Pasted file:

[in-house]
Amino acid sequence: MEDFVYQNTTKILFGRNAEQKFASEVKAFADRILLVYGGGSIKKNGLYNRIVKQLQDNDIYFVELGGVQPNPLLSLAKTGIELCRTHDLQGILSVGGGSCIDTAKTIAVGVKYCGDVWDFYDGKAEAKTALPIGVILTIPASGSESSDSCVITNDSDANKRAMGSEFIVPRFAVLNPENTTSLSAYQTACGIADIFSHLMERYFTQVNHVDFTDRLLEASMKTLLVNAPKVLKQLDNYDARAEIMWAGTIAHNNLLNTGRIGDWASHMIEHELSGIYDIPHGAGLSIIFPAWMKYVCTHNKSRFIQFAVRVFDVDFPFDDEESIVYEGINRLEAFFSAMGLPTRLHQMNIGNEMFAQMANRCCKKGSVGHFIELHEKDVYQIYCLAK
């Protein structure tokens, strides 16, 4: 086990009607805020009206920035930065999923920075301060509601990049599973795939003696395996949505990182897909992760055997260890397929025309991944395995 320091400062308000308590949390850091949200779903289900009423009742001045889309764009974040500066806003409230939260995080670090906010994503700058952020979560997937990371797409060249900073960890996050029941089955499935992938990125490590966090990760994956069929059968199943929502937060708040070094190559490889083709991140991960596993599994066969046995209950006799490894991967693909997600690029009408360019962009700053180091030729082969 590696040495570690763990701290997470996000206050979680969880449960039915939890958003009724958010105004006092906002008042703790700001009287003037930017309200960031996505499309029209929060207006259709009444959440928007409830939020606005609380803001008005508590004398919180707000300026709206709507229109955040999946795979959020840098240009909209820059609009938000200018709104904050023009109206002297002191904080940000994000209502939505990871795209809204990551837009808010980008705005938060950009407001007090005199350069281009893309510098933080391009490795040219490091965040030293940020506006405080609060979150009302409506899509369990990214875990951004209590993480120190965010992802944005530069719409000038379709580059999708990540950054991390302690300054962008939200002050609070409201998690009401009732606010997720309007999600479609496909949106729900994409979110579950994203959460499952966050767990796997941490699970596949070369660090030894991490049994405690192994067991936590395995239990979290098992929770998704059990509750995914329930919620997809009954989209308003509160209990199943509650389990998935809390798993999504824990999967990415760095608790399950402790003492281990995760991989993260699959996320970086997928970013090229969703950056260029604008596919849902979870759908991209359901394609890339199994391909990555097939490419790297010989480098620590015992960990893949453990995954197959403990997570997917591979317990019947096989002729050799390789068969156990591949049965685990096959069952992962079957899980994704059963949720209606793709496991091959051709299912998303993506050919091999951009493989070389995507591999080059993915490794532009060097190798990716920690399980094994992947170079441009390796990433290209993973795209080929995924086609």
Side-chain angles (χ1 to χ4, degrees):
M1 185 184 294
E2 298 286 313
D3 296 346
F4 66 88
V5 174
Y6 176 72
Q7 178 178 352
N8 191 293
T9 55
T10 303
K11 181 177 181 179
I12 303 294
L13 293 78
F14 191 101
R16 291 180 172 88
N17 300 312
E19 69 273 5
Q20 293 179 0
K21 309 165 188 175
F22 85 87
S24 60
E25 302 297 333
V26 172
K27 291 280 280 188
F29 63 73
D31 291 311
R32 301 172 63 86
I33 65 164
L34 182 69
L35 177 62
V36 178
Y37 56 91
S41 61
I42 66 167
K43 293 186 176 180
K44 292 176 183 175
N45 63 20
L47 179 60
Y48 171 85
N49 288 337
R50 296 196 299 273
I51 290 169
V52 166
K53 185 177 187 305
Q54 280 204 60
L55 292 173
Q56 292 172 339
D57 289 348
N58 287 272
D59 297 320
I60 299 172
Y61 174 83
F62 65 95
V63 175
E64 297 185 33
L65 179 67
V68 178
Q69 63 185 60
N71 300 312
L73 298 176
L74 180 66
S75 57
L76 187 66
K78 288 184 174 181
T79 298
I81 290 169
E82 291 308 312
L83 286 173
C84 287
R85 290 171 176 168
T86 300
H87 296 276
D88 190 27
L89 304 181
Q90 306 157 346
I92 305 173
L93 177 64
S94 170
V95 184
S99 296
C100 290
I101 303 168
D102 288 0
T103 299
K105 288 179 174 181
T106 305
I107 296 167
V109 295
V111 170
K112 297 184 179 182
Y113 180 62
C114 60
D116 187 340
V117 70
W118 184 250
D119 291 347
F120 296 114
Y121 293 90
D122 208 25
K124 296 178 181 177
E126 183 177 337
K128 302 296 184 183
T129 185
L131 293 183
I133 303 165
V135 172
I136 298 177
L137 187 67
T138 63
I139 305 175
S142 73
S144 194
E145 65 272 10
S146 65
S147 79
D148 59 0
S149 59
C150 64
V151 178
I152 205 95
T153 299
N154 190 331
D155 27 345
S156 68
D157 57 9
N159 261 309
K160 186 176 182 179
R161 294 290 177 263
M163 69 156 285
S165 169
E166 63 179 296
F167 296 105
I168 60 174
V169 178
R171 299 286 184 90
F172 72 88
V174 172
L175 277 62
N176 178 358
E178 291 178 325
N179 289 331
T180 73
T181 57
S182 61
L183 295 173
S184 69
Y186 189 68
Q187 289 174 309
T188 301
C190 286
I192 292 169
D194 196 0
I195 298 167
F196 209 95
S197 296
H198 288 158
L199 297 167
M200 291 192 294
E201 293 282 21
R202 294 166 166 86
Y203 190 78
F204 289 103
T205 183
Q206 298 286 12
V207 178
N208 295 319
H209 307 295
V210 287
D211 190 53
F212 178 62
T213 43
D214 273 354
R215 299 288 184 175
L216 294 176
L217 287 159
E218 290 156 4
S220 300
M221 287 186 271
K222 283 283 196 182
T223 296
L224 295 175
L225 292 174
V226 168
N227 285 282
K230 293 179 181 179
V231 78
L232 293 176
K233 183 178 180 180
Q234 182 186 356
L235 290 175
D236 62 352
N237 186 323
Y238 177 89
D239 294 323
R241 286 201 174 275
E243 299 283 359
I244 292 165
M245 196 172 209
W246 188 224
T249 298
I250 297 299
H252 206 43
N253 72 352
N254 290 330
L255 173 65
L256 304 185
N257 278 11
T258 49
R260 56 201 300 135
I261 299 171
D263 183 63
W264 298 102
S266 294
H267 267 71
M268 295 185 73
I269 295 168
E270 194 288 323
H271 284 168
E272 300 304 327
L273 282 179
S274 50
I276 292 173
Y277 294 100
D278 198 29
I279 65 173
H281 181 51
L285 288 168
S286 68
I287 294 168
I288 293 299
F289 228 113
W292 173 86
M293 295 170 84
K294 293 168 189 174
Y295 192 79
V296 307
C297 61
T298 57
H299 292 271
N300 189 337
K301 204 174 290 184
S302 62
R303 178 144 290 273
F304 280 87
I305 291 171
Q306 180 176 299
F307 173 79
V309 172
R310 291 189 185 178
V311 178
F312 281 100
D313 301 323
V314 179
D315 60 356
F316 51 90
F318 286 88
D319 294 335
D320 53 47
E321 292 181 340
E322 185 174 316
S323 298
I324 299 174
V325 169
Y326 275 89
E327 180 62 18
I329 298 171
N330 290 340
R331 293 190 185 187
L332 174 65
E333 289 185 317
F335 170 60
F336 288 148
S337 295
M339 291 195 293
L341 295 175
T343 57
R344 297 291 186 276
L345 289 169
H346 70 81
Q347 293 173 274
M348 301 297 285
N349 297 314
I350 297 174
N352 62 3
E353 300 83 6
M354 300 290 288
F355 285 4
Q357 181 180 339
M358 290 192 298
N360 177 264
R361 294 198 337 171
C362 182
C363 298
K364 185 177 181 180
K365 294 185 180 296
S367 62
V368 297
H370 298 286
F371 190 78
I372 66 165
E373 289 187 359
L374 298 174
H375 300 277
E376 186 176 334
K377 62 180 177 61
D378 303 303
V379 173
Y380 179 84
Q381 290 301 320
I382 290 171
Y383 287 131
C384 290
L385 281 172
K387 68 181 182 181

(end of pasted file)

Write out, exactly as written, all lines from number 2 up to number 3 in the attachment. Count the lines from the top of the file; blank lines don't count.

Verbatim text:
Amino acid sequence: MEDFVYQNTTKILFGRNAEQKFASEVKAFADRILLVYGGGSIKKNGLYNRIVKQLQDNDIYFVELGGVQPNPLLSLAKTGIELCRTHDLQGILSVGGGSCIDTAKTIAVGVKYCGDVWDFYDGKAEAKTALPIGVILTIPASGSESSDSCVITNDSDANKRAMGSEFIVPRFAVLNPENTTSLSAYQTACGIADIFSHLMERYFTQVNHVDFTDRLLEASMKTLLVNAPKVLKQLDNYDARAEIMWAGTIAHNNLLNTGRIGDWASHMIEHELSGIYDIPHGAGLSIIFPAWMKYVCTHNKSRFIQFAVRVFDVDFPFDDEESIVYEGINRLEAFFSAMGLPTRLHQMNIGNEMFAQMANRCCKKGSVGHFIELHEKDVYQIYCLAK
């Protein structure tokens, strides 16, 4: 086990009607805020009206920035930065999923920075301060509601990049599973795939003696395996949505990182897909992760055997260890397929025309991944395995 320091400062308000308590949390850091949200779903289900009423009742001045889309764009974040500066806003409230939260995080670090906010994503700058952020979560997937990371797409060249900073960890996050029941089955499935992938990125490590966090990760994956069929059968199943929502937060708040070094190559490889083709991140991960596993599994066969046995209950006799490894991967693909997600690029009408360019962009700053180091030729082969 590696040495570690763990701290997470996000206050979680969880449960039915939890958003009724958010105004006092906002008042703790700001009287003037930017309200960031996505499309029209929060207006259709009444959440928007409830939020606005609380803001008005508590004398919180707000300026709206709507229109955040999946795979959020840098240009909209820059609009938000200018709104904050023009109206002297002191904080940000994000209502939505990871795209809204990551837009808010980008705005938060950009407001007090005199350069281009893309510098933080391009490795040219490091965040030293940020506006405080609060979150009302409506899509369990990214875990951004209590993480120190965010992802944005530069719409000038379709580059999708990540950054991390302690300054962008939200002050609070409201998690009401009732606010997720309007999600479609496909949106729900994409979110579950994203959460499952966050767990796997941490699970596949070369660090030894991490049994405690192994067991936590395995239990979290098992929770998704059990509750995914329930919620997809009954989209308003509160209990199943509650389990998935809390798993999504824990999967990415760095608790399950402790003492281990995760991989993260699959996320970086997928970013090229969703950056260029604008596919849902979870759908991209359901394609890339199994391909990555097939490419790297010989480098620590015992960990893949453990995954197959403990997570997917591979317990019947096989002729050799390789068969156990591949049965685990096959069952992962079957899980994704059963949720209606793709496991091959051709299912998303993506050919091999951009493989070389995507591999080059993915490794532009060097190798990716920690399980094994992947170079441009390796990433290209993973795209080929995924086609």